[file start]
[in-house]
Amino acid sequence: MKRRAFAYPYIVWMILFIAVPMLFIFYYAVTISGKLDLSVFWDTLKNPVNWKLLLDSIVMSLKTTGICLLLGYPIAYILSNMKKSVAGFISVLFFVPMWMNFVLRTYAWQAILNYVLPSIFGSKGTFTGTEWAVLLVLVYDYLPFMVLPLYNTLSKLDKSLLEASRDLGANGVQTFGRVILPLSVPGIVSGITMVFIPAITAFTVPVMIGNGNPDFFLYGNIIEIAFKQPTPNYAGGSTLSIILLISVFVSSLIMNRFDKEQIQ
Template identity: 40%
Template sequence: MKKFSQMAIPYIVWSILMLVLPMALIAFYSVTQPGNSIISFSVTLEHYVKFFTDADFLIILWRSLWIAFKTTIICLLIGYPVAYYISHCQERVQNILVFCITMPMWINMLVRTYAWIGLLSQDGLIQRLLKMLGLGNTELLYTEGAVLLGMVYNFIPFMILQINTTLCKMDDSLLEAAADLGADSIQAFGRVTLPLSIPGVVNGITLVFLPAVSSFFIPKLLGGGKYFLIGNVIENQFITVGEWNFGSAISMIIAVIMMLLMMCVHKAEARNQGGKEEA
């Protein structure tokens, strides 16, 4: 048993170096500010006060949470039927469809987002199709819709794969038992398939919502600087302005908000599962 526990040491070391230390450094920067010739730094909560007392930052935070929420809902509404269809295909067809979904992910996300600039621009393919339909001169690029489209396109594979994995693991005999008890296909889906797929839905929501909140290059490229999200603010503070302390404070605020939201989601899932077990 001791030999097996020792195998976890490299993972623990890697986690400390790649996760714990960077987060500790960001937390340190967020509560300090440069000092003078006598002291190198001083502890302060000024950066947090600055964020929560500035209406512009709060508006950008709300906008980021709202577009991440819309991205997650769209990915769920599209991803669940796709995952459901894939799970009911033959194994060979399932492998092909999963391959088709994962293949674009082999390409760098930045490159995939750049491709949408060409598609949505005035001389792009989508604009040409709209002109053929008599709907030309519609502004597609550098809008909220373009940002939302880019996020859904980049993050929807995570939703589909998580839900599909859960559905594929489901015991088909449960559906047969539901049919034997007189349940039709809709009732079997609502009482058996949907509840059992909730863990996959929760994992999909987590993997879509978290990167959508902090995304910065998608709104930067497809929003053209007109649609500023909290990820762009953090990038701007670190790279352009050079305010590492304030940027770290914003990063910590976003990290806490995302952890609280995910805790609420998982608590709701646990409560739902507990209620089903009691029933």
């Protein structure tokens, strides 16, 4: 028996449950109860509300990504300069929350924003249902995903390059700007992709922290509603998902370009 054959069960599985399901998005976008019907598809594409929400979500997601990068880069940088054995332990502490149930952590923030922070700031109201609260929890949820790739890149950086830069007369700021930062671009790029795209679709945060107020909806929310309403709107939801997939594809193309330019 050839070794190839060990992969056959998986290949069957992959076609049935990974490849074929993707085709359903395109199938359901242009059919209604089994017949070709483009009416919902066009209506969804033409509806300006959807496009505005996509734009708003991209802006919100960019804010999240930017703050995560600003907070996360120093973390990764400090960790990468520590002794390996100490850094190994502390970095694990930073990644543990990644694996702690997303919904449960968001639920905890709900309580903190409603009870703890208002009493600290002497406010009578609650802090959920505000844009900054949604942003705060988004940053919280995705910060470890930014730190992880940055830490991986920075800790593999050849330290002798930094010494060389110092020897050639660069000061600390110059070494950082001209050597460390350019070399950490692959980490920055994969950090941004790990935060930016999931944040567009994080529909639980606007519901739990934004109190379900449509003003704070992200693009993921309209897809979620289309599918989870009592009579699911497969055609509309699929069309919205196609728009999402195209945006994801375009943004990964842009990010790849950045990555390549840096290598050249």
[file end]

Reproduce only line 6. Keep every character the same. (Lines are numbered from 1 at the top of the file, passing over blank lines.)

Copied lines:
């Protein structure tokens, strides 16, 4: 028996449950109860509300990504300069929350924003249902995903390059700007992709922290509603998902370009 054959069960599985399901998005976008019907598809594409929400979500997601990068880069940088054995332990502490149930952590923030922070700031109201609260929890949820790739890149950086830069007369700021930062671009790029795209679709945060107020909806929310309403709107939801997939594809193309330019 050839070794190839060990992969056959998986290949069957992959076609049935990974490849074929993707085709359903395109199938359901242009059919209604089994017949070709483009009416919902066009209506969804033409509806300006959807496009505005996509734009708003991209802006919100960019804010999240930017703050995560600003907070996360120093973390990764400090960790990468520590002794390996100490850094190994502390970095694990930073990644543990990644694996702690997303919904449960968001639920905890709900309580903190409603009870703890208002009493600290002497406010009578609650802090959920505000844009900054949604942003705060988004940053919280995705910060470890930014730190992880940055830490991986920075800790593999050849330290002798930094010494060389110092020897050639660069000061600390110059070494950082001209050597460390350019070399950490692959980490920055994969950090941004790990935060930016999931944040567009994080529909639980606007519901739990934004109190379900449509003003704070992200693009993921309209897809979620289309599918989870009592009579699911497969055609509309699929069309919205196609728009999402195209945006994801375009943004990964842009990010790849950045990555390549840096290598050249």